The greatest influence of this invented Egypt came through its adoption in the eighteenth century by the Freemasons. Their version assumed not only the existence of an Egyptian Mystery System but one that was connected to a great system of moral education. The source for these notions was entirely fictional, a three-volume novel called Sethos, a History or Biography, based on Unpublished Memoirs of Ancient Egypt, published in 1731 by a French priest, the Abbé Jean Terrasson. Following the ancient convention, the author pretends to be translating an unknown manuscript written by an unknown Greek of the second century A.D. Ostensibly describing the Egypt of the thirteenth century B.C., Terrasson depicts a world of advanced science, technology, art, law, and educational institutions such as would delight the imagination of a forward-looking eighteenth-century European gentleman. Access to it requires the comprehension of a complex system of mysteries prepared for by study, moral purification, and entered by means of a mystical initiation ceremony.
Father Terrasson’s novel became very popular and powerfully shaped the beliefs, practices, and rituals of the Masonic movement, whose reliance on a mythical, mystical, Egyptian tradition is perhaps most widely known in its depiction by Mozart in his Magic Flute. This picture of ancient Egypt was soon forgotten by everyone else and, before long, totally discredited by the discoveries of scientific Egyptology. It remained, however, the one preserved among the Masons, and it was from black Masons that the claim arose that not only had the Greeks learned their philosophy, they had stolen it from the Egyptians, who were black Africans, and deliberately attempted to conceal the theft.
During the nineteenth century, black American writers claimed that the ancient Egyptians were black and took pride in the belief that their ancestors had built the pyramids, “that this race of black men … is the very race to which we owe our arts, sciences, and even the use of speech.” The idea was adopted by the black Masons, one of whom wrote as follows:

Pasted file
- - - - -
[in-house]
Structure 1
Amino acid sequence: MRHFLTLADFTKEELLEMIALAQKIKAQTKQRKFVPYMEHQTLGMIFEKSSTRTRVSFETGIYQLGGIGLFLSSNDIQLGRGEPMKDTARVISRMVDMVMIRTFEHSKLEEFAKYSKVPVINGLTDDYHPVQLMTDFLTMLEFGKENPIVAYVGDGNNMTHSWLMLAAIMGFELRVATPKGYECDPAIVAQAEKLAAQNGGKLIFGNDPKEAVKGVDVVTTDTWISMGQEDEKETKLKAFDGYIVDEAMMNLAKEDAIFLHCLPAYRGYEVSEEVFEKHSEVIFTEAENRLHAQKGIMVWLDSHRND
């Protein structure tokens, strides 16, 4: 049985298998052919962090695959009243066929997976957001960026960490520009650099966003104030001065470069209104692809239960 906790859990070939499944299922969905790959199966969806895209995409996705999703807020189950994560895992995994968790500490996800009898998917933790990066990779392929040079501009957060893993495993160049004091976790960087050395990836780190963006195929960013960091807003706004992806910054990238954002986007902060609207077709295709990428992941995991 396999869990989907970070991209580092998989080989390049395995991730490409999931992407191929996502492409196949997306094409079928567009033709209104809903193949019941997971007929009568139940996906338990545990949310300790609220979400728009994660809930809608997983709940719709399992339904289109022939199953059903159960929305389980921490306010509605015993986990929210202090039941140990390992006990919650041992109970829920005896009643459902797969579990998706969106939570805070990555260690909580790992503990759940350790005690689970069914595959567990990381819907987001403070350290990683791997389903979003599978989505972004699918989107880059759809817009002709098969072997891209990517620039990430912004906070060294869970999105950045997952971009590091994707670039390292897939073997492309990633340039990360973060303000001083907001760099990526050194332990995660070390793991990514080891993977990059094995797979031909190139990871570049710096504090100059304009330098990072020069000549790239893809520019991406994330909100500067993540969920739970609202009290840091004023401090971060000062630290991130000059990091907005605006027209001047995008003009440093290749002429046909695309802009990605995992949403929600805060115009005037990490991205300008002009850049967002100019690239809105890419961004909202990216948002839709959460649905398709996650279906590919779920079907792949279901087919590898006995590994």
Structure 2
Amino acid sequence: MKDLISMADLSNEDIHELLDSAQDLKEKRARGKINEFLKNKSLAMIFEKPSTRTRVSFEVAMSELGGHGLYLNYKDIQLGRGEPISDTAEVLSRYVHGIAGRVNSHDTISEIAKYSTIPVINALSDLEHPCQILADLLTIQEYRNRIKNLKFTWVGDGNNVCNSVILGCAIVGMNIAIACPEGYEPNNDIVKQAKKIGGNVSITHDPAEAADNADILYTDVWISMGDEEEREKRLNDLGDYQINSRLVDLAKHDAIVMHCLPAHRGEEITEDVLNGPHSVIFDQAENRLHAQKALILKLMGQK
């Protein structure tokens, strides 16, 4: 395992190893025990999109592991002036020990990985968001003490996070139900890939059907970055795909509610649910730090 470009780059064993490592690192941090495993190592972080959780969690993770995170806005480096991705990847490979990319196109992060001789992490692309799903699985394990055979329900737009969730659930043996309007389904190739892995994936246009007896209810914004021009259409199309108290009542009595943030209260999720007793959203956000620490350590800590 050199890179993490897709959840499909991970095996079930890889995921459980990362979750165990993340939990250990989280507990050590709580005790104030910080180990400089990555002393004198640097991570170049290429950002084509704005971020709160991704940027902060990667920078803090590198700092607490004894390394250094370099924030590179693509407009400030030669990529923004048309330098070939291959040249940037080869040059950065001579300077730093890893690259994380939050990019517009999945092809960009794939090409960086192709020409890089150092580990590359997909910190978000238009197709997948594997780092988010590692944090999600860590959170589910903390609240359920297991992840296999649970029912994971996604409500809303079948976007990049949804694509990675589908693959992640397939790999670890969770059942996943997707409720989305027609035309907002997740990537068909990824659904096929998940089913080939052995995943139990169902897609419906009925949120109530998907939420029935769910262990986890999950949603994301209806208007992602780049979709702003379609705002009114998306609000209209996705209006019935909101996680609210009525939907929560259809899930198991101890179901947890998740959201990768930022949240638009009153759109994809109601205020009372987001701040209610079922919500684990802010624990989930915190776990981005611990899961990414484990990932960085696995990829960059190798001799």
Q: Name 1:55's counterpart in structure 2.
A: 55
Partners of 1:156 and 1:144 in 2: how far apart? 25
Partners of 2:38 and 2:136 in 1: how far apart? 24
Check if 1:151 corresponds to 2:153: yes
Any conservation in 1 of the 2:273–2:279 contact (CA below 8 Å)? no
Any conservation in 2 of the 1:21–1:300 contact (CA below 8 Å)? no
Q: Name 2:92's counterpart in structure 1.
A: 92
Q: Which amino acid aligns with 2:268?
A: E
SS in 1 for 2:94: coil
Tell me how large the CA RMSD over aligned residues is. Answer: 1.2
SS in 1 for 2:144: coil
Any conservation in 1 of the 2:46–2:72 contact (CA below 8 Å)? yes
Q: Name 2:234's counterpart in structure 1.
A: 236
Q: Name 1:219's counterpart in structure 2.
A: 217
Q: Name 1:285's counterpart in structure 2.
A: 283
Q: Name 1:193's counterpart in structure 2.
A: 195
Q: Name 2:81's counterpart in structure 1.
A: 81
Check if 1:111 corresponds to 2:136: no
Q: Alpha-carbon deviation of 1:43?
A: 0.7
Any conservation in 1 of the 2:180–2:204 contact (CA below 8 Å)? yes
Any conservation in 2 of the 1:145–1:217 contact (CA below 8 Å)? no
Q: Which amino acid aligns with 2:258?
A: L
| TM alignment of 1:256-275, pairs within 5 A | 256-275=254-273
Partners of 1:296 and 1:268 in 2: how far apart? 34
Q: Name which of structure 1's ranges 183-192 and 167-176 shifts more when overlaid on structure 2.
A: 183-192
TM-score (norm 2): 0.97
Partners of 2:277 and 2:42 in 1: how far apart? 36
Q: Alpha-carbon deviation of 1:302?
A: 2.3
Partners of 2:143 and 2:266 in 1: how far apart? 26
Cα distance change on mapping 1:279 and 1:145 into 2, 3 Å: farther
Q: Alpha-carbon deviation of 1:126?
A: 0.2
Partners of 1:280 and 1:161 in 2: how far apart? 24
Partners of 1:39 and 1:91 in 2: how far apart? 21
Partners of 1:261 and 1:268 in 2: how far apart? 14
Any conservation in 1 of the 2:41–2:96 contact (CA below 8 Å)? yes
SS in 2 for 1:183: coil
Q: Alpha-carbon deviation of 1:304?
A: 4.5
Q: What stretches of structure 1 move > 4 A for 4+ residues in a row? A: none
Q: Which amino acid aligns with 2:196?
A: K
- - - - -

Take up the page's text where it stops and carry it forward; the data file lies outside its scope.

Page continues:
When the ancestors of the present haughty Saxons—the Gauls, the Normans, and the Celts—were naked barbarians, living in grottoes and dropping [sic] caves, slinging stones at wild animals for food, and eating that food uncooked, there was on Africa’s soil, in Egypt, the land of the black man, a civilization resting on the “pinnacle of national splendor” far exceeding that of Greece or Rome today. On the great Oasis in the desert of antiquity blossomed the golden deeds of the world’s first Masonry. Here mind was the standard of the man, and natural ability ranked above birth. Every woman was educated. … Here the landmarks of Masonry were born.
This vision deeply influenced Marcus Mosiah Garvey, the important black separatist leader of the first part of the twentieth century. Garvey was at one time a Mason, and his Universal Negro Improvement Association’s organization, regalia, and practices resembled the Masons’ in many ways. He also accepted the Masons’ myth of an Egyptian civilization that was the root of classical civilization in Greece and Rome, but added two elements: that the ancient Egyptians were black Africans and that their legacy to the Greeks was not the consequence of influence but of theft.
Every student of history, of impartial mind, knows that the Negro ruled the world, when white men were savages and barbarians living in caves; that thousands of Negro professors at that time taught in the universities in Alexandria, then the seat of learning; that ancient Egypt gave to the world civilization and that Greece and Rome have robbed Egypt of her arts and letters, and taken all the credit to themselves. It is not surprising, however, that white men should resort to every means to keep Negroes in ignorance of their history, it would be a great shock to their pride to admit to the world today that 3,000 years ago black men excelled in government and were the founders and teachers of art, science and literature.